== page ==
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Boogie Nights (1997)
Downfall of the sex cinema civilization
After having it watched for the fifth or sixth time since I had first seen it when in came out cinema back in 1997, it struck me that this film only gets better with age.
The second half of the 1990s saw few, more or less successful, cinematic re-examinations of the late 1970s. Spike Lee's "Summer of Sam" is a worthy example.
"Boogie Nights" is a historical account of certain eminent trends, social structures and patterns that existed at the time. Set between 1977 and 1983, the film portrays the pornographic film industry in California at its peak, and its imminent downfall, invoked by the introduction of the video tape - something that reduced the creative ambition of the porn filmmakers to a simple push-button recording and introduced competition from anonymous amateurs to the business.
It appears that the people involved in the industry (actors, producers, directors, technicians) all lived in a sort of a ghetto (flashy and glossy nonetheless); had they ever dared to part from it, they would have had inevitably gotten burned - either by the stigma that had been cast on them, or in the face of the fact that their abilities in the real world were never held at a high price, which is what lured them into the industry in the first place. It is obvious, then, that inside this little world, these people have found a haven where they could appear important, a universe which was built upon and sustained through all sorts of hedonistic temptations and dubious financial sources. It was a cocaine-fed lie, and they knew it.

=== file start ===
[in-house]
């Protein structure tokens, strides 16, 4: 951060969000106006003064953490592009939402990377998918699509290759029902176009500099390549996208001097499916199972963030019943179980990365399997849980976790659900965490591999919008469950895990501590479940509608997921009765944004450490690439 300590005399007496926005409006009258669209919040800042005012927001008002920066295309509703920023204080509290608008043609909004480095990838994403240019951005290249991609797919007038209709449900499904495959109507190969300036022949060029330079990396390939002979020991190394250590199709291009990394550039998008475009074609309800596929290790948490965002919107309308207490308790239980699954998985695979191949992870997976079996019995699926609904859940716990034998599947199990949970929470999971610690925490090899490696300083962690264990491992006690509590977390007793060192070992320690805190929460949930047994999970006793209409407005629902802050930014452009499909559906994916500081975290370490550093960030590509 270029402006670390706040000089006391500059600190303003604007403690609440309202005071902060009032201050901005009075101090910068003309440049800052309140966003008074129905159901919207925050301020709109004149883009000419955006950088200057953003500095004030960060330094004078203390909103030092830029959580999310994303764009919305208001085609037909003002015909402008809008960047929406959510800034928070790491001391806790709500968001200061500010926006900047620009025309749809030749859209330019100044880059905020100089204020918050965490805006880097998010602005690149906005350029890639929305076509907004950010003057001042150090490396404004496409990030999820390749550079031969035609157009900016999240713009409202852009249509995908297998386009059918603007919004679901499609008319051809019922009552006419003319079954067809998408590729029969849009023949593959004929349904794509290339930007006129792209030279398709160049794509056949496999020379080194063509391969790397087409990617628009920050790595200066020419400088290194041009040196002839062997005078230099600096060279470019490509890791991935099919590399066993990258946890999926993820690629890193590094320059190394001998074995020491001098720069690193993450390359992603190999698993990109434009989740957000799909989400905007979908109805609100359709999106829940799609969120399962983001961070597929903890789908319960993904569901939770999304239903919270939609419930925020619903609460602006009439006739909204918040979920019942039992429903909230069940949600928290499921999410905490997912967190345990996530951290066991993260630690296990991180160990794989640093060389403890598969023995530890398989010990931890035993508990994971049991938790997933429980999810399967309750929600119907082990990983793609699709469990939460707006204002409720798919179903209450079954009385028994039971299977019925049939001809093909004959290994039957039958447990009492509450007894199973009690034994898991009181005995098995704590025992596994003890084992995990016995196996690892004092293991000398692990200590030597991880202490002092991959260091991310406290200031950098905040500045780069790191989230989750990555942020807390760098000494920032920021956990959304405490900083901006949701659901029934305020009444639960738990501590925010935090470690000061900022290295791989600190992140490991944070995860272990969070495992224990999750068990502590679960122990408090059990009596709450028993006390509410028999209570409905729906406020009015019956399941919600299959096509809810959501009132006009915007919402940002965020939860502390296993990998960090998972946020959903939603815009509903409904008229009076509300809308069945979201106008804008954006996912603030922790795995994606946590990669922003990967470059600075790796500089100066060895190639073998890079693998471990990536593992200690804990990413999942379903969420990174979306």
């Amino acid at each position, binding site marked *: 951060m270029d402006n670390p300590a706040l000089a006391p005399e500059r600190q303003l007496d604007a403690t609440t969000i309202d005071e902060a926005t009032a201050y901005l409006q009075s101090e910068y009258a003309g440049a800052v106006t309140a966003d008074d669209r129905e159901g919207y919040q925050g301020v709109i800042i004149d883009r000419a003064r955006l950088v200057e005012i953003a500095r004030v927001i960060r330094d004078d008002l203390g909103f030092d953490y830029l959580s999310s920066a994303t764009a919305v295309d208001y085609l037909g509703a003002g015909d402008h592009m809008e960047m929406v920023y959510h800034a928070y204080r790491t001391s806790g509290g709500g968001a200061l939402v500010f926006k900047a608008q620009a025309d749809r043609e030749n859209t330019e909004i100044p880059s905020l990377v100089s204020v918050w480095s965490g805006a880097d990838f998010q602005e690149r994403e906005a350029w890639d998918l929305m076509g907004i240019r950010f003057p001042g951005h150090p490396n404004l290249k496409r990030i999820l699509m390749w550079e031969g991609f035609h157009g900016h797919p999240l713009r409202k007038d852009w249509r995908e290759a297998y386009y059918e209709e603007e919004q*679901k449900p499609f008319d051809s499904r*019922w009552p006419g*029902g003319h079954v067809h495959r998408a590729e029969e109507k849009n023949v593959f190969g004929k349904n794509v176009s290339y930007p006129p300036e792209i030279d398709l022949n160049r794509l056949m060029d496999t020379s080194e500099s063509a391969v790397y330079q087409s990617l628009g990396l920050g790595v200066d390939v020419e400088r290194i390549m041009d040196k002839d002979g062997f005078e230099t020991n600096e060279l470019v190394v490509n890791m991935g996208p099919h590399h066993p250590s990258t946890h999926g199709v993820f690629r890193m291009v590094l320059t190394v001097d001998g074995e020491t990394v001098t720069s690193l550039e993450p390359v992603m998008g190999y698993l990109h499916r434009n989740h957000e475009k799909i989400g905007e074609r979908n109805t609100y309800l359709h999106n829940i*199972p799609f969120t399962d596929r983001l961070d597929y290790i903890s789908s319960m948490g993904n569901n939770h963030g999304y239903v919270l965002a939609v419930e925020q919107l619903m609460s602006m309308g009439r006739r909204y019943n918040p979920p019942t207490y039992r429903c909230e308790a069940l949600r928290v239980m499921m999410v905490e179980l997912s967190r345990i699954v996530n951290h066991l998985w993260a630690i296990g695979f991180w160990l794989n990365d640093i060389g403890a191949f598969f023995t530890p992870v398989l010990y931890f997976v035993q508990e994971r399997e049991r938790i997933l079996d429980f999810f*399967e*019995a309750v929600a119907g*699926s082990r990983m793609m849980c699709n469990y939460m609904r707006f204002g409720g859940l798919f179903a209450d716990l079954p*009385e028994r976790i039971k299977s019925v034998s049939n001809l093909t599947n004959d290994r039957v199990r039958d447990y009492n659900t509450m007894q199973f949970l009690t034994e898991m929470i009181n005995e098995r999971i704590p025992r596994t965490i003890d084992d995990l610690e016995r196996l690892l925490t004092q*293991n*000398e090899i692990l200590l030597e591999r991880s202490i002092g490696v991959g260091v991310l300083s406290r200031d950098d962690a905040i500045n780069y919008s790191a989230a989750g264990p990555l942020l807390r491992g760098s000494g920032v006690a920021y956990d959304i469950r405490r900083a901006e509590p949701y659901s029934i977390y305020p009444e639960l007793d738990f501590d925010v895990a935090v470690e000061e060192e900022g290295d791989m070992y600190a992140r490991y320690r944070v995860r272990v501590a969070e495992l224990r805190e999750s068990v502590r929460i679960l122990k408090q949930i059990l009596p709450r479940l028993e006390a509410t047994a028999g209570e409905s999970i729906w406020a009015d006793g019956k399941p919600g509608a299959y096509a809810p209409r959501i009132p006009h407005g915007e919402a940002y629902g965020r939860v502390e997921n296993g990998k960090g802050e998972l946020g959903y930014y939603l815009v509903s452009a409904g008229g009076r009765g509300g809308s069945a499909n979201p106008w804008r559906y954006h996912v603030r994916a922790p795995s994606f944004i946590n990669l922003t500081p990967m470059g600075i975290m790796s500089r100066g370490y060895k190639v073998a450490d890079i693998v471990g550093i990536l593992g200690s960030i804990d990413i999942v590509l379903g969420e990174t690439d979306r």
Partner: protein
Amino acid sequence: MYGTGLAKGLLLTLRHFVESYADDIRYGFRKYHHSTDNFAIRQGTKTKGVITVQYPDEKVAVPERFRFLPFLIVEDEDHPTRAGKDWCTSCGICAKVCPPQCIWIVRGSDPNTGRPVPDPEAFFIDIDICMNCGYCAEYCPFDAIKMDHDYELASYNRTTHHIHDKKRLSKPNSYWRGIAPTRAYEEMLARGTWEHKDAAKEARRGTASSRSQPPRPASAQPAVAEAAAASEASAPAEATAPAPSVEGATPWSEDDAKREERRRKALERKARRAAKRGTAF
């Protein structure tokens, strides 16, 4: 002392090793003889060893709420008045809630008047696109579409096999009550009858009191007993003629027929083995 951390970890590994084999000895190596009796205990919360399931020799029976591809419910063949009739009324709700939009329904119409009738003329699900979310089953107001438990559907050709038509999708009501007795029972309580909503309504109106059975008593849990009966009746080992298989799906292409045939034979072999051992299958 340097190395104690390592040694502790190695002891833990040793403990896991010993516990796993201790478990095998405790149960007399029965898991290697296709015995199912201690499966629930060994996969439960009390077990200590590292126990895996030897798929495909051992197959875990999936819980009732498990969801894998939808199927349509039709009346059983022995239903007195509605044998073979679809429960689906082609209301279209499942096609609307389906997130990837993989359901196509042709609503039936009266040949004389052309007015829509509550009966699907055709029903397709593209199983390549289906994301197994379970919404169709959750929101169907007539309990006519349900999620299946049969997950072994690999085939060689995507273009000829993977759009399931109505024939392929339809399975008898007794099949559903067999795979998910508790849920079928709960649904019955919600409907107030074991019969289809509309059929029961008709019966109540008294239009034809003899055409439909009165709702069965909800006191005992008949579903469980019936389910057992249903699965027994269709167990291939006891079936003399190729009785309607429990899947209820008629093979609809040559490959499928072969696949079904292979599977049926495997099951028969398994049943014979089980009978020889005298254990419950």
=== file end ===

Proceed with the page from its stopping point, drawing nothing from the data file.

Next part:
"Boogie Nights" describes the paradigm shift of the sex cinema industry in a similar manner in which "Gone with the Wind" approached the abolition of slavery as an eclipse of the civilization of the South.
One of the film's features is that it loosely depicts real-life characters and situations, like the film's Dirk Diggler (Wahlberg's character) posing for John Holmes in real life. This is what makes characters of the film all the more believable; they are ignorant, shallow, terrified and self-indulgent. The soundtrack of the film is impressively appropriate.
Certain scenes definitely make cinema history, like the one in Alfred Molina's character's apartment, where an unexplained Chinese character, probably in an opium-induced frenzy, explodes fire-crackers every half a minute or so. The story-telling in scenes such as this one hits the mark in expressing the state of the characters' minds. The film is simply brilliant.